Finally, I would encourage Coral to take advantage of the resources available on this website and elsewhere on the web. In particular, look at my “Bravo, Bloggers!” post because that’s where I wrote about other bloggers who are doing amazing stuff ~ I think one has a survivor’s forum. I’ve recently reorganized this site to (hopefully) make it more user-friendly. The Surive, Thrive, Joy page has pages nested in it with annotations to my posts that might help her.

    Iyanla Vanzant’s books helped me tremendously when I was where Coral is now.

    Although I don’t have the resources to help people one-to-one, I am writing for people like Coral. So, if y’all have a question, I’ll try to answer it as best I can. Leave a comment, and I’ll reflect on it and write a post that is (hopefully) helpful to Coral and others walking in her shoes. We could perhaps start a series of posts dedicated to her.

    Down the road, there are several political avenues you can take. If you, Pam, are in the mood to get politically active, my top suggestion would be to contact Oregon Women Lawyers (OWL). I don’t know if they are still active in the judicial selection process, but they kicked some serious behind in 1992. If you get very, very lucky and they are still feisty and brilliant, Coral just might find someone in this group to take on her case pro bono. You’ll need yourselves a miracle on this score so start praying.

    The second thing you can do is to contact your local US representative and senators to challenge VAW funding for agencies that failed to help Coral. This will work best if you can get a group together and stare them down. Congress is in recess now. Remember that you have a staunch ally in VP Biden. I’ve heard the Obama Administration has been quite helpful to individuals.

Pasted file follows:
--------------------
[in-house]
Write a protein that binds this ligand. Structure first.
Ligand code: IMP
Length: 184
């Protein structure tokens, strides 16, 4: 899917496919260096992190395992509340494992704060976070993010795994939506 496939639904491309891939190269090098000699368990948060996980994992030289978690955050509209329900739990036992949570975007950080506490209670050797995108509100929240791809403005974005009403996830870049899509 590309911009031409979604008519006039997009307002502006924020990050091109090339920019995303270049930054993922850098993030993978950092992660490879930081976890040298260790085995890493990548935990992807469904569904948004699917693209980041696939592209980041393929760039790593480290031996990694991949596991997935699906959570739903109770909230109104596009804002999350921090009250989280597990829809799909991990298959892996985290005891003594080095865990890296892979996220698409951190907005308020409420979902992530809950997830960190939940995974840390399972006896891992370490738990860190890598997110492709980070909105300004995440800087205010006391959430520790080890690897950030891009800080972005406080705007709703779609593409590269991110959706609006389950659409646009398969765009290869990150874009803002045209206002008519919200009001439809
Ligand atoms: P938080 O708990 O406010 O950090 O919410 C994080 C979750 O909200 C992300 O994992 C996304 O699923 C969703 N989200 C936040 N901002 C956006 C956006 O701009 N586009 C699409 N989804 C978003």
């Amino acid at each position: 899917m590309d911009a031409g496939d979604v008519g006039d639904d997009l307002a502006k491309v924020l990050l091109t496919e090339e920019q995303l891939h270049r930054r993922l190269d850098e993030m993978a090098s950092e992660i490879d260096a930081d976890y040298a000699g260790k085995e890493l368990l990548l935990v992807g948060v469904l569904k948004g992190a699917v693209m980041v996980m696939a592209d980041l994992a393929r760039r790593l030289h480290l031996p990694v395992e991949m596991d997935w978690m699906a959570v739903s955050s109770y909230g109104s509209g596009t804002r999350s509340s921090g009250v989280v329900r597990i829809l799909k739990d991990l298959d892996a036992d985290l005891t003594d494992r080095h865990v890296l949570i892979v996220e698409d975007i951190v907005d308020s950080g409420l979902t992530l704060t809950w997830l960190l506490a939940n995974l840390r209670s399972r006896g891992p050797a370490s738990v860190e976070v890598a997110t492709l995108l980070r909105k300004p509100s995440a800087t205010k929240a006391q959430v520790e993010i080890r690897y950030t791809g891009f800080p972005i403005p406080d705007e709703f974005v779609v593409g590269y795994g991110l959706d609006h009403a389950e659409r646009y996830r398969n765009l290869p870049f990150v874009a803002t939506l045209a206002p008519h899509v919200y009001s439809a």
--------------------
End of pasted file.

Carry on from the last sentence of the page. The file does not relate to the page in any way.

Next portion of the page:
At this point, I absolutely don’t think Coral should be lobbying. She’s likely too fragile and needs someone else to take the lead. But, she probably has a powerful voice right now that could melt steel. You’d be surprised how effectively that can shake up a room full of politicians. This is part of the reason I suggested Barbara Bentley’s book. She became a lobbyist and changed the divorce laws in CA. She too got left with a mountain of debt courtesy of her ex-husband. She was fortunate, however, in that she had an established career. Makes a huge difference.

    In closing, take a look at what Vernetta Cockerham pulled off! She brought them to their knees in NC and had her story written up in O Magazine. She spent a very long time in the valley, but she prevailed in the end. Write to Oprah and ask her producers to do a show on litigation abuse. This works best if she gets a pile of e-mail messages on the same day on the same issue. Vernetta’s story is very similar to Coral’s. And, Oprah knows all about the judicial corruption in OR.

    Change happens when one of us gets stomped on and ticked off enough to shout “enough already!” Please give Coral some hugs from me. I’ve been exactly where she is, but I didn’t have a protection circle. Not fun. I hope this is helpful. Thanks for leaving a comment and caring about Coral.

    Caroline

  4. I put my life on the line to try to help this woman. I wrote three posts about her story. She wanted help promoting her book. I obliged. She wanted to get her story out there. I obliged.

    After Mother’s Day, 2010, the former chief justice of the OR supreme court made a comment about the injustices she had experienced and was quite vocal in his disdain for the judge in her case.

    I urged her to seize the opportunity to finally get justice in her case.

    That’s when I discovered she didn’t really want justice. She relished the attention she was getting playing the “poor me” victim. It had become more important to her than her desire to reunite with her kids.

    She sent me an e-mail informing me that she had published my private messages to her (which include my confidential location) with people who routinely cross paths with the judge who has been stalking me since 1992.

    This is the second time I’ve been stabbed in the back by a DV survivor who claimed to want justice but actually wanted a place in the spotlight.

    At her request, I have removed the posts she asked me to write about her. I also removed all the comments made about her except these. I want the record to reflect that someone asked me to help her. . .I did and paid a heavy price. No more. No more.